Halomon Structural Formula V1.svg
Preferred IUPAC name
Other names
3D model (JSmol)
  • InChI=1S/C10H15Br2Cl3/c1-7(13)10(15,6-11)5-4-8(12)9(2,3)14/h8H,1,4-6H2,2-3H3/t8-,10-/m1/s1 checkY
  • InChI=1/C10H15Br2Cl3/c1-7(13)10(15,6-11)5-4-8(12)9(2,3)14/h8H,1,4-6H2,2-3H3/t8-,10-/m1/s1
  • Cl[C@](C(Cl)=C)(CC[C@@H](Br)C(Cl)(C)C)CBr
Molar mass 401.3931 g/mol
Density 1.824 g/cm3
Melting point 56 to 57 °C (133 to 135 °F; 329 to 330 K)
Except where otherwise noted, data are given for materials in their standard state (at 25 °C [77 °F], 100 kPa).
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Halomon is a polyhalogenated monoterpene first isolated from the marine red algae Portieria hornemannii.[1][2] Halomon has attracted research interest because of its promising profile of selective cytotoxicity that suggests its potential use as an antitumor agent.[3]

Halomon is in a class of chemical compounds known as halocarbons, which are often potent alkylating agents which may be toxic to individual cells or to living organisms. The red algae that naturally produce halomon and other related compounds probably do so as a poisonous defense against fish or other marine life that may see it as a potential source of food. Halomon, however, is a selective toxin; studies at the National Cancer Institute have indicated that it is more toxic to certain types of tumor cells than to other cells.[1]

The algae that produces halomon is difficult to locate, identify, and collect and the concentration of halomon in the organism is extremely low. Therefore, obtaining a sufficient amount of halomon to conduct preclinical research has been difficult. Consequently, there has been active interest in developing synthetic methods in the laboratory for the preparation of halomon and related compounds.[4][5][6]

Recent research has shown that halomon and a related halogenated monoterpene may act as demethylating agents, suggesting a possible mechanism of action for the pharmacological effects of halomon.[7]


  1. ^ a b Fuller, Richard W.; Cardellina, John H., II; Kato, Yoko; Brinen, Linda S.; Clardy, Jon; Snader, Kenneth M.; Boyd, Michael R. (1992). "A pentahalogenated monoterpene from the red alga Portieria hornemannii produces a novel cytotoxicity profile against a diverse panel of human tumor cell lines". Journal of Medicinal Chemistry. 35 (16): 3007–3011. doi:10.1021/jm00094a012. PMID 1501227.{{cite journal}}: CS1 maint: multiple names: authors list (link)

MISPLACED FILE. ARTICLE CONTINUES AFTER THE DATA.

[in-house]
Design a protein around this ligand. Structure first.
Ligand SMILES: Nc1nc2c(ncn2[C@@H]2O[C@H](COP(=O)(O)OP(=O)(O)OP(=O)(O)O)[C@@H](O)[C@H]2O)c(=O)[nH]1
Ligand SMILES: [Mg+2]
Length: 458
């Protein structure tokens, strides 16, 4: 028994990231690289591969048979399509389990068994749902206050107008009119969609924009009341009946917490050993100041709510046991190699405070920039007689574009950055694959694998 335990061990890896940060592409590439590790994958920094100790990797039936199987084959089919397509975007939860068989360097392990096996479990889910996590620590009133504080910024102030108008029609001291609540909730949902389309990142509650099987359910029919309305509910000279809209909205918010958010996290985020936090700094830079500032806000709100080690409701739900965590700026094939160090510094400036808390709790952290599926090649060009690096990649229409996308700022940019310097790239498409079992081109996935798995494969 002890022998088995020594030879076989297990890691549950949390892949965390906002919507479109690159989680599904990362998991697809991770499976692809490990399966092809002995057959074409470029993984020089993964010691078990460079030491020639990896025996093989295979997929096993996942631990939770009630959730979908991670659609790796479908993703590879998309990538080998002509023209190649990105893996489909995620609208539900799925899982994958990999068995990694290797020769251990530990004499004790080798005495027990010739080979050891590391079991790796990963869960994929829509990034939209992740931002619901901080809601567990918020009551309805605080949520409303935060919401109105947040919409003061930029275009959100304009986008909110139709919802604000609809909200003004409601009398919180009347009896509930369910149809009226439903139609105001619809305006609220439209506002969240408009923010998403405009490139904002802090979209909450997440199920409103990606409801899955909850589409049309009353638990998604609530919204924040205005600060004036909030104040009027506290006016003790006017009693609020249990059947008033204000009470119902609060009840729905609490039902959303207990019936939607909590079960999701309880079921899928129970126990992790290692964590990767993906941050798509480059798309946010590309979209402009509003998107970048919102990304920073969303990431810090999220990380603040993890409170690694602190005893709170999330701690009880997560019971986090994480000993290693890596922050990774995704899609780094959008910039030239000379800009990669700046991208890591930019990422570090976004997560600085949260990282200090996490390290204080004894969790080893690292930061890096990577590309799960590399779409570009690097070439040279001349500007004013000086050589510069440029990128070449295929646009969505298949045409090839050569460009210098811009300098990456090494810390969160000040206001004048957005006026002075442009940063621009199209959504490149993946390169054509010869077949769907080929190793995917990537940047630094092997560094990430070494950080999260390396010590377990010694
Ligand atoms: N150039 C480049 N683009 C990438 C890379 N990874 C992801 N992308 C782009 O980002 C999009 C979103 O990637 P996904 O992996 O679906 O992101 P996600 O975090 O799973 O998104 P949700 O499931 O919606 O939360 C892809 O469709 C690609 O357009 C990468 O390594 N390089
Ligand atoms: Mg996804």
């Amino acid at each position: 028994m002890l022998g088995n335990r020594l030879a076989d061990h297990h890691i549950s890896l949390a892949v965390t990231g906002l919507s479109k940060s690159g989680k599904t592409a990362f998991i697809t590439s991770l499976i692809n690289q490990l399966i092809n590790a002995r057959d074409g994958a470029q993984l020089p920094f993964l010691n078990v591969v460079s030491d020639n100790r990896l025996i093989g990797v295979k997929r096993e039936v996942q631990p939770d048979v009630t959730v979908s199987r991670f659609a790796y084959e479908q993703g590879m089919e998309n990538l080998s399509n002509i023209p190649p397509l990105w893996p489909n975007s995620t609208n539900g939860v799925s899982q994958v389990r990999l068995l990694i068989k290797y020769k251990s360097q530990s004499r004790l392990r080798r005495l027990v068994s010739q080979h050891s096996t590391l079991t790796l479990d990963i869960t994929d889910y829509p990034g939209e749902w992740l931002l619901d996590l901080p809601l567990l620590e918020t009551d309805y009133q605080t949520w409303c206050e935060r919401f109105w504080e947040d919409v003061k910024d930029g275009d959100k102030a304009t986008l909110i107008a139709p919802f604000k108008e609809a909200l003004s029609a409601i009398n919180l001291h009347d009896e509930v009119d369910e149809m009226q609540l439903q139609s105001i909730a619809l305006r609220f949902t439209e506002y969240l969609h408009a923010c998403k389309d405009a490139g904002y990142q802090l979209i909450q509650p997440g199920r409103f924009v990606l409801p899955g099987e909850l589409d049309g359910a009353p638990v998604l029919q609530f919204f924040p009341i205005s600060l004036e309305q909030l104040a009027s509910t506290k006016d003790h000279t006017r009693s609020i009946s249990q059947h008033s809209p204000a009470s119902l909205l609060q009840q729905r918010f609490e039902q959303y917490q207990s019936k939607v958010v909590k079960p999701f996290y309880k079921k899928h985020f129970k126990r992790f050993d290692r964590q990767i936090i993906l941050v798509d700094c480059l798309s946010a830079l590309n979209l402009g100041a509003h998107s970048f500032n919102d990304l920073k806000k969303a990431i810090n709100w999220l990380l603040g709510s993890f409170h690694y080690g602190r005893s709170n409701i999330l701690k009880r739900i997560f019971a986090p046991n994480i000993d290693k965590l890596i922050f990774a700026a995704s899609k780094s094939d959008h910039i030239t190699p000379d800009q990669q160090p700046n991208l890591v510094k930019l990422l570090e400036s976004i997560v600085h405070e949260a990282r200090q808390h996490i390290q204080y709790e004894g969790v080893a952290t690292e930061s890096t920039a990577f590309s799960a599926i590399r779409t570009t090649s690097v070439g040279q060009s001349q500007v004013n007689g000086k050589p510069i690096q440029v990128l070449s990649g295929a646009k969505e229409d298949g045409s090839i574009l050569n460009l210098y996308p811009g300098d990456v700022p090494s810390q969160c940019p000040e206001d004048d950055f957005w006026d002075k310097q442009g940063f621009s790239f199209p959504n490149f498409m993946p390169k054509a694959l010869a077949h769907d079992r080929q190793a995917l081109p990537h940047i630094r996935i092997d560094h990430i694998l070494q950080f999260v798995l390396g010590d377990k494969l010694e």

2. ^ Fuller, Richard W.; Cardellina, John H., II; Jurek, Jaroslaw; Scheuer, Paul J.; Alvarado-Lindner, Belinda; McGuire, Mary; Gray, Glenn N.; Steiner, Jorge Rios; Clardy, Jon; et al. (1994). "Isolation and Structure/Activity Features of Halomon-Related Antitumor Monoterpenes from the Red Alga Portieria hornemannii". Journal of Medicinal Chemistry. 37 (25): 4407–4411. doi:10.1021/jm00051a019. PMID 7996553.{{cite journal}}: CS1 maint: multiple names: authors list (link)
  3. ^ Egorin, Merrill J.; Sentz, Dorothy L.; Rosen, D. Marc; Ballesteros, Michael F.; Kearns, Christine M.; Callery, Patrick S.; Eiseman, Julie L. (1996). "Plasma pharmacokinetics, bioavailability, and tissue distribution in CD2F1 mice of halomon, an antitumor halogenated monoterpene isolated from the red algae Portieria hornemannii". Cancer Chemotherapy and Pharmacology. 39 (1/2): 51–60. doi:10.1007/s002800050537. PMID 8995499. S2CID 19982545.
  4. ^ Schlama, Thierry; Baati, Rachhid; Gouveneur, Veronique; Valleix, Alain; Flack, John R.; Mioskowski, Charles (1998). "Total synthesis of (± )-halomon by a Johnson-Claisen rearrangement". Angewandte Chemie International Edition. 37 (15): 2085–2087. doi:10.1002/(SICI)1521-3773(19980817)37:15<2085::AID-ANIE2085>3.0.CO;2-J. PMID 29711050.
  5. ^ Michael E. Jung; Michael H. Parker (1997). "Synthesis of Several Naturally Occurring Polyhalogenated Monoterpenes of the Halomon Class". Journal of Organic Chemistry. 62 (21): 7094–7095. doi:10.1021/jo971371. PMID 11671809.
  6. ^ Sotokawa, Takayuki; Noda, Takeshi; Pi, Sun; Hirama, Masahiro (2000). "A three-step synthesis of halomon". Angewandte Chemie. 39 (19): 3430–3432. doi:10.1002/1521-3773(20001002)39:19<3430::AID-ANIE3430>3.0.CO;2-3. PMID 11091378.
  7. ^ Andrianasolo, Eric H.; France, Dennis; Cornell-Kennon, Susan; Gerwick, William H. (2006). "DNA Methyl Transferase Inhibiting Halogenated Monoterpenes from the Madagascar Red Marine Alga Portieria hornemannii". Journal of Natural Products. 69 (4): 576–579. doi:10.1021/np0503956. PMID 16643029.

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